We are Women in Computer Science, a student organization at Stanford University open to all students.
We work to promote and support the growing community of women in CS and technology.
Build and strengthen the community of women in CS
Raise awareness of the issues women in the field face
Encourage their educational and professional development
Our latest episode:
There are many ways to get involved with WiCS, and all of our events are open to everyone.
We have a number of ways companies can get involved, including industry panels, our mentorship program, meal-time chats with engineers, and other exciting events.
The department's own recruiting network. Great source of information about companies, salaries, etc.
Career fairs, skills assessment, and many other resources for figuring out career choices.
Events and resources addressing women's issues at Stanford. Mailing list: email@example.com
The Stanford Society of Women Engineers chapter was founded in 1986 with the following mission:
Girls Teaching Girls to Code is a program where Stanford women teach and inspire Bay Area high school girls to explore Computer Science and Engineering. Students learn coding basics, build exciting projects, and develop strong relationships with mentors in the field. Contact: jduan1 (at) stanford (dot) edu
Code the Change helps computer scientists use their skills for social change. We believe that social change should be an integral part of computer science culture, and that this is often forgotten in the rush of campus culture. We connect students to nonprofits that need their help, lead code jams for nonprofit work, and maintain a campus community for discussing the social impact of computer science. Contact: Andrew Suciu andrewsuciu (at) gmail (dot) com
she++ is a nonprofit that seeks to dismantle the untrue sterotype that computer science is not a career for women. We work with the technology industry to create a culture that is more appealing to women, and we work with young women across the globe to dismantle harmful perceptions that they cannot succeed in the technology industry. Our outreach includes an annual fellowship for high school students, an ambassador program for college students, and the creation of online videos and campaigns. We are rebranding technology to be less about the stereotypes, and more about the problem-solving, the building, and the impact. By tackling the source of these stereotypes, we hope to create a field where women feel included, respected, and valued. We are a 501(c)(3) nonprofit run by Stanford undergraduate students.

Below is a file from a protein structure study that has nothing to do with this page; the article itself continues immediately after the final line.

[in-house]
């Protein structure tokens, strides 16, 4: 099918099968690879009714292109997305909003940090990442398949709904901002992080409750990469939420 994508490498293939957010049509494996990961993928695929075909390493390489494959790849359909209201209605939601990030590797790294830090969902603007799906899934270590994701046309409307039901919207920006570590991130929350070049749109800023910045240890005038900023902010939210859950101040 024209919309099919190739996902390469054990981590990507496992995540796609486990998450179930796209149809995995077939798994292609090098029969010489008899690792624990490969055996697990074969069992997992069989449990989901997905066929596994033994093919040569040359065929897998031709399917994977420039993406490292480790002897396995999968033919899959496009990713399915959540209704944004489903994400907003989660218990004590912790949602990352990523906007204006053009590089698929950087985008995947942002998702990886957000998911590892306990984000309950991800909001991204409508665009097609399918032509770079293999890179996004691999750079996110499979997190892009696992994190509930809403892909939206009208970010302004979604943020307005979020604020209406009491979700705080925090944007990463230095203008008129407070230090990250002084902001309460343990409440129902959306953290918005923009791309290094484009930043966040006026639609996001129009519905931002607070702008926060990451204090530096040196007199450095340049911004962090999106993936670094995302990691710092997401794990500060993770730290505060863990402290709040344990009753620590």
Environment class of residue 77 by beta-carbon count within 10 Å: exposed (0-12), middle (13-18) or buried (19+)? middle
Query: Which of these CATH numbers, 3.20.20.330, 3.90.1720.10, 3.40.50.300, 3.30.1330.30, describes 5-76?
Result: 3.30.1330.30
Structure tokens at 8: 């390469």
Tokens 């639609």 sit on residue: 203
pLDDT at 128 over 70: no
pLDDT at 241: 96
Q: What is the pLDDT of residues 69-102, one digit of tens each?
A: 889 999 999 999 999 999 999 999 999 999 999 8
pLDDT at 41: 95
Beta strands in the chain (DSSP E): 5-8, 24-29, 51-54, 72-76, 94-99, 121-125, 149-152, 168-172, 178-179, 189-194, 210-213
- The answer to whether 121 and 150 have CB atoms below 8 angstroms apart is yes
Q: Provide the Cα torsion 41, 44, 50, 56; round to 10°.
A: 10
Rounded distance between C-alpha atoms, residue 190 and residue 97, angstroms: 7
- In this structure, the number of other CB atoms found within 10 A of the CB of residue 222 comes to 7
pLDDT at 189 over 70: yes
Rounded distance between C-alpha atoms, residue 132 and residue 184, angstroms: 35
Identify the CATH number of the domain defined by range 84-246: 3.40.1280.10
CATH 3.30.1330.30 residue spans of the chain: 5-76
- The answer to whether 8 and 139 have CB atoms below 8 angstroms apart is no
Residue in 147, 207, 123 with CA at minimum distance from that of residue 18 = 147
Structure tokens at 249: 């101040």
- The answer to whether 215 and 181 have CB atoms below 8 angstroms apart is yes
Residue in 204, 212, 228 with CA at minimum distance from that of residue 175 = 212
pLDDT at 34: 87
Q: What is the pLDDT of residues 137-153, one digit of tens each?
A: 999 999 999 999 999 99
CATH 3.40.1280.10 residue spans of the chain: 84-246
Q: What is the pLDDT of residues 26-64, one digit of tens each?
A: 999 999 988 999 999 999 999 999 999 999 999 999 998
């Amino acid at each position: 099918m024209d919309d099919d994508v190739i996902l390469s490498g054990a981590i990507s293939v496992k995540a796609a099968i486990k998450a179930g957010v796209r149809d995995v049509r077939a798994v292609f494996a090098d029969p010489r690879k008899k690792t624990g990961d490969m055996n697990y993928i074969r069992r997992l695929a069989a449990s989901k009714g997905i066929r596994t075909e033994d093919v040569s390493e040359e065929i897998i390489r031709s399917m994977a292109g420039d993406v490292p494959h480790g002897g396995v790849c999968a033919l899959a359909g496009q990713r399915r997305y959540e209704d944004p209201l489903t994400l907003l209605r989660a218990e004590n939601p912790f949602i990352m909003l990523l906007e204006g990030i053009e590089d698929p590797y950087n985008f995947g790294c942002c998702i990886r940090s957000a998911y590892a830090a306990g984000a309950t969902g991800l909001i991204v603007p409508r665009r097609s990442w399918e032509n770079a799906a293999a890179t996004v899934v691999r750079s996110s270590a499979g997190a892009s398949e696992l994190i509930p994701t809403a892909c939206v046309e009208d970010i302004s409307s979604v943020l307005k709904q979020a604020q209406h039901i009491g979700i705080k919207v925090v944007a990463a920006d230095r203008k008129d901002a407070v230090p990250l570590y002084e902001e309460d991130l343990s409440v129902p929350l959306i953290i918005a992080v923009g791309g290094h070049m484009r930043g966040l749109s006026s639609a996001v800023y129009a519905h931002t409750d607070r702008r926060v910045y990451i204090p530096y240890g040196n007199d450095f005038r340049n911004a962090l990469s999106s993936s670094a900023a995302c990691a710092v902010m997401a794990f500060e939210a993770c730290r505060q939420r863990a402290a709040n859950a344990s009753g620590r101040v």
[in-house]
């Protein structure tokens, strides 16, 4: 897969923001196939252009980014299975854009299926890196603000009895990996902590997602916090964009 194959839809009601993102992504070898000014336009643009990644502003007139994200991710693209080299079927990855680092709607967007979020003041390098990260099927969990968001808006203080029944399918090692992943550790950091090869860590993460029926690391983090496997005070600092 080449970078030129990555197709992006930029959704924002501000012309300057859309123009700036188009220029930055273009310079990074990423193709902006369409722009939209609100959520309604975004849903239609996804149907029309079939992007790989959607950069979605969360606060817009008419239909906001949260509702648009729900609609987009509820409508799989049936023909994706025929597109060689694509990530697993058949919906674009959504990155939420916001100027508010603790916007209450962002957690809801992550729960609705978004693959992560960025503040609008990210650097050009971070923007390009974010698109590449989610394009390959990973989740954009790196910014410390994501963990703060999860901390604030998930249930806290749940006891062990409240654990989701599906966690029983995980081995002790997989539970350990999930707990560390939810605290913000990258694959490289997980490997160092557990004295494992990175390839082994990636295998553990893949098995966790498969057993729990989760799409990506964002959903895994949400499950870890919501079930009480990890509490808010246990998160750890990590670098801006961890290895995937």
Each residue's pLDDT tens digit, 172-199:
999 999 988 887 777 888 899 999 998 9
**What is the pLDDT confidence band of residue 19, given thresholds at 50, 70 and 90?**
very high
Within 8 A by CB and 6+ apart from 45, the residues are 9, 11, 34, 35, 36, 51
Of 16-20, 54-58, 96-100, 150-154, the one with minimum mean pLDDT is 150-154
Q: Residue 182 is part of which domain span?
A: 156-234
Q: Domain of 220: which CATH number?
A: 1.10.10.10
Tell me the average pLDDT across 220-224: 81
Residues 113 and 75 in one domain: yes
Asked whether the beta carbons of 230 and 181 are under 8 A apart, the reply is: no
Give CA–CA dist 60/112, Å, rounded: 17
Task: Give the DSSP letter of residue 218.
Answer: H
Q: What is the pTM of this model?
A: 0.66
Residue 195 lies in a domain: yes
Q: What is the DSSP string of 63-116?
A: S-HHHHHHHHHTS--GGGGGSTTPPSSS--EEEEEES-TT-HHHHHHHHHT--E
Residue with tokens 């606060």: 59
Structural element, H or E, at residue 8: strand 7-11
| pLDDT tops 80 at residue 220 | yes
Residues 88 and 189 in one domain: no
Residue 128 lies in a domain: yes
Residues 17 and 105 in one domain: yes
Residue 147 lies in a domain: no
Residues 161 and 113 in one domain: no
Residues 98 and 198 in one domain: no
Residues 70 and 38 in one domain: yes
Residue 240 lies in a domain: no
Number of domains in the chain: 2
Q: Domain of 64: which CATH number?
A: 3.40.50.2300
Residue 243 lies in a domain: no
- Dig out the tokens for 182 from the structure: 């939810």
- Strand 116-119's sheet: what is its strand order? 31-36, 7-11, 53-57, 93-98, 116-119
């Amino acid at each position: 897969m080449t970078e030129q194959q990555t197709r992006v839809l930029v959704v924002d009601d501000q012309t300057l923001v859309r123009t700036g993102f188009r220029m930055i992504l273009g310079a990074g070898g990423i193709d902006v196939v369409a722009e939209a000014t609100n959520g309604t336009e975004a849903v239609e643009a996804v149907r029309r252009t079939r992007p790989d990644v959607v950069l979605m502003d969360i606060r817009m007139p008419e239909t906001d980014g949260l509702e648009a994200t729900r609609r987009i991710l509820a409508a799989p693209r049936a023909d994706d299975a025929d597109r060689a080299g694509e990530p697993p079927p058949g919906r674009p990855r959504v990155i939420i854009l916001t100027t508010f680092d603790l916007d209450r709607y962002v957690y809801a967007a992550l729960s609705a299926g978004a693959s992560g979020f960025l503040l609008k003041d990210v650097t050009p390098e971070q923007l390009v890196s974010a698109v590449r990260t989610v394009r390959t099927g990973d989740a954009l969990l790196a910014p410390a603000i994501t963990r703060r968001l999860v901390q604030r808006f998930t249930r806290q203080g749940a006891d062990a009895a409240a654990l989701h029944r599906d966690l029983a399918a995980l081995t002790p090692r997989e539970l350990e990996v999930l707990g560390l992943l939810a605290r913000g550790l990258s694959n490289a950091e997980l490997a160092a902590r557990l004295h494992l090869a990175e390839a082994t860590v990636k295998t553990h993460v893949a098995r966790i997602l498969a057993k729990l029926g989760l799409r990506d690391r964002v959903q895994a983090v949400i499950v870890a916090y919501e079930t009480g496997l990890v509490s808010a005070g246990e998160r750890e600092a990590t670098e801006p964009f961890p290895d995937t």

(For graduate students and postdocs) WISE groups are professionally facilitated weekly meetings on issues relevant to group members, such as interaction with advisors and peers, work-life balance, and career choices.
(Geared towards graduate students but everyone is welcome) The ME women group usually holds a seminar series in the winter quarter with a fairly useful and interesting lineup of speakers.
Deadline: May The Summer Session Grant (SSG) provides funding for undergraduate students, especially diversity students, who are majoring in Engineering or who plan to declare Engineering as their major. Students are selected according to their academic need and potential for achievement reflected in their application proposal. Selected students receive $100 to $3,000 in grants.